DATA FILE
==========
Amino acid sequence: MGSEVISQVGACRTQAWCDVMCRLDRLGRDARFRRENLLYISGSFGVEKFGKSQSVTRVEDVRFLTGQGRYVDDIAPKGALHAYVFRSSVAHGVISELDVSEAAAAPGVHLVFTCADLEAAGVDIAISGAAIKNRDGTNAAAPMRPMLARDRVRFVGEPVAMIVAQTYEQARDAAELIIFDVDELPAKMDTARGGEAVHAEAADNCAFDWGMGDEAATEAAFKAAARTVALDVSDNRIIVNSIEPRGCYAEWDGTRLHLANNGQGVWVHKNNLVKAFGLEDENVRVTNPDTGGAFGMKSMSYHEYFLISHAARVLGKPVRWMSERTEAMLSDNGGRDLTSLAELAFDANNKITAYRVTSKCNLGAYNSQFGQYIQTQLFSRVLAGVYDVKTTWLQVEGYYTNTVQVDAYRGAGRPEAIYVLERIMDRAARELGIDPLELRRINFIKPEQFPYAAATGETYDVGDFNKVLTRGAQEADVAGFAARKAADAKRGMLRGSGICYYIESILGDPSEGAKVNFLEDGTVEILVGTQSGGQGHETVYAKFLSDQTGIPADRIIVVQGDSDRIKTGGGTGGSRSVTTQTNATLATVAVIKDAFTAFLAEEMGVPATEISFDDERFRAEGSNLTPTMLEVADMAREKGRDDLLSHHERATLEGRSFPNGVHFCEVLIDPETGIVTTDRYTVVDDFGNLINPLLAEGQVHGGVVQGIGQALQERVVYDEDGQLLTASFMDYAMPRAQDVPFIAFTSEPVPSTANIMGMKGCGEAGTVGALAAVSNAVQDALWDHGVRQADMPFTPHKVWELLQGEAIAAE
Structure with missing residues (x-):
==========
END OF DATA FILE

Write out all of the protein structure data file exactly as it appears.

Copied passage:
Amino acid sequence: MGSEVISQVGACRTQAWCDVMCRLDRLGRDARFRRENLLYISGSFGVEKFGKSQSVTRVEDVRFLTGQGRYVDDIAPKGALHAYVFRSSVAHGVISELDVSEAAAAPGVHLVFTCADLEAAGVDIAISGAAIKNRDGTNAAAPMRPMLARDRVRFVGEPVAMIVAQTYEQARDAAELIIFDVDELPAKMDTARGGEAVHAEAADNCAFDWGMGDEAATEAAFKAAARTVALDVSDNRIIVNSIEPRGCYAEWDGTRLHLANNGQGVWVHKNNLVKAFGLEDENVRVTNPDTGGAFGMKSMSYHEYFLISHAARVLGKPVRWMSERTEAMLSDNGGRDLTSLAELAFDANNKITAYRVTSKCNLGAYNSQFGQYIQTQLFSRVLAGVYDVKTTWLQVEGYYTNTVQVDAYRGAGRPEAIYVLERIMDRAARELGIDPLELRRINFIKPEQFPYAAATGETYDVGDFNKVLTRGAQEADVAGFAARKAADAKRGMLRGSGICYYIESILGDPSEGAKVNFLEDGTVEILVGTQSGGQGHETVYAKFLSDQTGIPADRIIVVQGDSDRIKTGGGTGGSRSVTTQTNATLATVAVIKDAFTAFLAEEMGVPATEISFDDERFRAEGSNLTPTMLEVADMAREKGRDDLLSHHERATLEGRSFPNGVHFCEVLIDPETGIVTTDRYTVVDDFGNLINPLLAEGQVHGGVVQGIGQALQERVVYDEDGQLLTASFMDYAMPRAQDVPFIAFTSEPVPSTANIMGMKGCGEAGTVGALAAVSNAVQDALWDHGVRQADMPFTPHKVWELLQGEAIAAE
Structure with missing residues (x-):